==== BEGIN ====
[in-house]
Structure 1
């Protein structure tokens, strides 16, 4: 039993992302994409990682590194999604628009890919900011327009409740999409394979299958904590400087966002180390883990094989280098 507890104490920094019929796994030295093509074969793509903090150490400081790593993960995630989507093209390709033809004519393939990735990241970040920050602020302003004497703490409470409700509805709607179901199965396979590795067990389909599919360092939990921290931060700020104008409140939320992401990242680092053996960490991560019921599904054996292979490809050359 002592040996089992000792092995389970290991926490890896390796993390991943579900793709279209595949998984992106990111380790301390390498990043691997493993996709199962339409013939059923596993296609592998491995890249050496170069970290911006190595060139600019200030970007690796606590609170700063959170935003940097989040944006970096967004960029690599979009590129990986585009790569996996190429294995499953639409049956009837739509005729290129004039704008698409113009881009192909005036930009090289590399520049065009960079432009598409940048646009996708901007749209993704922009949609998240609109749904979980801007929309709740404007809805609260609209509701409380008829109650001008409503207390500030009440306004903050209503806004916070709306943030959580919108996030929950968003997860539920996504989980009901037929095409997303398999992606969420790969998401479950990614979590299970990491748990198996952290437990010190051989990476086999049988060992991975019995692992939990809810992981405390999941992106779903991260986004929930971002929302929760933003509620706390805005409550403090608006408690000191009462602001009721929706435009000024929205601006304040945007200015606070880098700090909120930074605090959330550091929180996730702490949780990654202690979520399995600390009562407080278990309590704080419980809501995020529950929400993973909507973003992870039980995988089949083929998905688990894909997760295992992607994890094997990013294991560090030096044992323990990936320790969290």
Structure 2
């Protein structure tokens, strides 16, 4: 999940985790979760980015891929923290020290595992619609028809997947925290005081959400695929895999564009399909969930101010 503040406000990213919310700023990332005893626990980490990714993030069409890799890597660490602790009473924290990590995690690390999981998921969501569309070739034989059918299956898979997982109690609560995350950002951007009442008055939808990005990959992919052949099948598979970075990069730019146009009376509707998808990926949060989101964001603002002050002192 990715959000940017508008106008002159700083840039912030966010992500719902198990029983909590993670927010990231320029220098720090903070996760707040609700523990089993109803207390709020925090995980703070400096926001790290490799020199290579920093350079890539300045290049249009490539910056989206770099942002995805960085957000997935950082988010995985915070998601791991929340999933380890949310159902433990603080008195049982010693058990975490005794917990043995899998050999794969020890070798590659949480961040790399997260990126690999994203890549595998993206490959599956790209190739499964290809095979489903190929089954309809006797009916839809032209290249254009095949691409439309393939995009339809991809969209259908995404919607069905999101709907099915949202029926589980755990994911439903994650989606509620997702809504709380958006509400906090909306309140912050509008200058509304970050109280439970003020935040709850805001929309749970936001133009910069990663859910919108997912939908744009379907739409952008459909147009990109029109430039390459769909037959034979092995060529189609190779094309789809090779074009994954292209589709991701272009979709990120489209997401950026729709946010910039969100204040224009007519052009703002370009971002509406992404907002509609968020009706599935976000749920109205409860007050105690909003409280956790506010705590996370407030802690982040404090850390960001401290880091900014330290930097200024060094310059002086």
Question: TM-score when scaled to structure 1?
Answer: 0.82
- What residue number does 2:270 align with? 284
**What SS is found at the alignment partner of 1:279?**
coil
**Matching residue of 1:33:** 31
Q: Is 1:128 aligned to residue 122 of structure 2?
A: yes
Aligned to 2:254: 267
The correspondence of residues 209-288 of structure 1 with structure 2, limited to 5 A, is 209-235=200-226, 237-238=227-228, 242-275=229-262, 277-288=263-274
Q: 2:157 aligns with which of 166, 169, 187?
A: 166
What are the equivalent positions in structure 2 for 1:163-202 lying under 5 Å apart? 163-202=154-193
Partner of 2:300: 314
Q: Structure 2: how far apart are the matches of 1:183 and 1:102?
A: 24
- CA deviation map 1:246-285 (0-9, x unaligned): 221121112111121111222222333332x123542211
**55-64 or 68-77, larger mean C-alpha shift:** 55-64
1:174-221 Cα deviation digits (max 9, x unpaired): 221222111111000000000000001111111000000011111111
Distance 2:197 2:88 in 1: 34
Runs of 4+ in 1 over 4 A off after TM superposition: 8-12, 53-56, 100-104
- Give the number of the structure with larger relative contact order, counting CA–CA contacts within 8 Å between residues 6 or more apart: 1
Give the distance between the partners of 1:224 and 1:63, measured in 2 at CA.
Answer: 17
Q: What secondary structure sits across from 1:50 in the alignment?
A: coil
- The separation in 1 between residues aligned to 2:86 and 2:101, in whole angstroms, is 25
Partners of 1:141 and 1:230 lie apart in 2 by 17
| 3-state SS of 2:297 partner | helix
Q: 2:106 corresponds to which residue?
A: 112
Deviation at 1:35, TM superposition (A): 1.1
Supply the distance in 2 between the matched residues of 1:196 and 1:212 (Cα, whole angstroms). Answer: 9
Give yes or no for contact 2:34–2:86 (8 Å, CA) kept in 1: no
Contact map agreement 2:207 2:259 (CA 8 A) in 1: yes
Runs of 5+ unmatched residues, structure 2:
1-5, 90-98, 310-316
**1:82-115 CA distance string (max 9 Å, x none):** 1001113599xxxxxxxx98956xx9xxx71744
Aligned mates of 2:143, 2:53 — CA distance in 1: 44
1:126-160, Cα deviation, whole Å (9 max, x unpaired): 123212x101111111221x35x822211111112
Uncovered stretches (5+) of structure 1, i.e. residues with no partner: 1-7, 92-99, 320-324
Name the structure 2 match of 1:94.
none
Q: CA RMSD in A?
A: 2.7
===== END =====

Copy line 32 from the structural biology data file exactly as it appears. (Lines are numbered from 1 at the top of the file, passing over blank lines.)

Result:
- The separation in 1 between residues aligned to 2:86 and 2:101, in whole angstroms, is 25